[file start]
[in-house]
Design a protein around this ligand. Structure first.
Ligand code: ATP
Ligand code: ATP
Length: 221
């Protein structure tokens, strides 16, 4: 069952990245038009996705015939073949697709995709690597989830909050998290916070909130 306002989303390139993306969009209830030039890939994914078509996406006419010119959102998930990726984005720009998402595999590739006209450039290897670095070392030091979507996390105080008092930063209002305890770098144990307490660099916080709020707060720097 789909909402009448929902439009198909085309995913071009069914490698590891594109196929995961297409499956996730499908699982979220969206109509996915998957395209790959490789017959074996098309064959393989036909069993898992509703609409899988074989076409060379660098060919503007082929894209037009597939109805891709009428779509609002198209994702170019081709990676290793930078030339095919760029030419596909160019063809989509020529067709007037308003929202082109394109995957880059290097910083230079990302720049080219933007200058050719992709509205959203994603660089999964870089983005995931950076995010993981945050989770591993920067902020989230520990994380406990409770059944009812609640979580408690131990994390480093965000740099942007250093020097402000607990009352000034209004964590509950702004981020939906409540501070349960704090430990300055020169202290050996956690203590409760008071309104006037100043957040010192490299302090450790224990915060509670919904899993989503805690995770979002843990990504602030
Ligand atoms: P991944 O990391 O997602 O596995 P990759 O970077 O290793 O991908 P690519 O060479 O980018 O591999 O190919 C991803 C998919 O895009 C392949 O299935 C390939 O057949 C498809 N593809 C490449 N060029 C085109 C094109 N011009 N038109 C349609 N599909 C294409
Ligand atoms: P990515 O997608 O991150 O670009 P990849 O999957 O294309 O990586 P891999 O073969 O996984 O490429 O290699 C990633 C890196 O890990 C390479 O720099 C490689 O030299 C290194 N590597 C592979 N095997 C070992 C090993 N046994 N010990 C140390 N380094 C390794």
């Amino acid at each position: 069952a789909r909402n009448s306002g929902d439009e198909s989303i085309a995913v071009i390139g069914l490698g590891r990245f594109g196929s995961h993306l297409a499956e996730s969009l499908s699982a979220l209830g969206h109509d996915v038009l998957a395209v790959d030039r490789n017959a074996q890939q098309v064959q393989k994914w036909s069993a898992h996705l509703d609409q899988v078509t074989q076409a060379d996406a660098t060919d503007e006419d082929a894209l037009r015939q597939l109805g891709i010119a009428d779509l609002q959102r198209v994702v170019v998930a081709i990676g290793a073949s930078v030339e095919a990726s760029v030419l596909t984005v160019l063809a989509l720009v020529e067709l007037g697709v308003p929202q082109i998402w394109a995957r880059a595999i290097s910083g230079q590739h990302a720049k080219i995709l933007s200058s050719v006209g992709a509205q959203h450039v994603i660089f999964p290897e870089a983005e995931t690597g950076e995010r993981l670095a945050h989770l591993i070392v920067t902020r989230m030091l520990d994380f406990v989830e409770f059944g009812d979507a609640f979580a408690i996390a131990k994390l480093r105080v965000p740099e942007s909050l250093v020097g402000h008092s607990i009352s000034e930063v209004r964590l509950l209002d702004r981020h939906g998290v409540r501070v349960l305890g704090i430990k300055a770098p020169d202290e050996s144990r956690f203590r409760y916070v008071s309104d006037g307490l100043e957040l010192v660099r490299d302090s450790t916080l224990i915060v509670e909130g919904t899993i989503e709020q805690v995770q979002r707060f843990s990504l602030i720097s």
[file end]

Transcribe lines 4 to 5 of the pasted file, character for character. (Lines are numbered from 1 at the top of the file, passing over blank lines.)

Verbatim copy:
Ligand code: ATP
Length: 221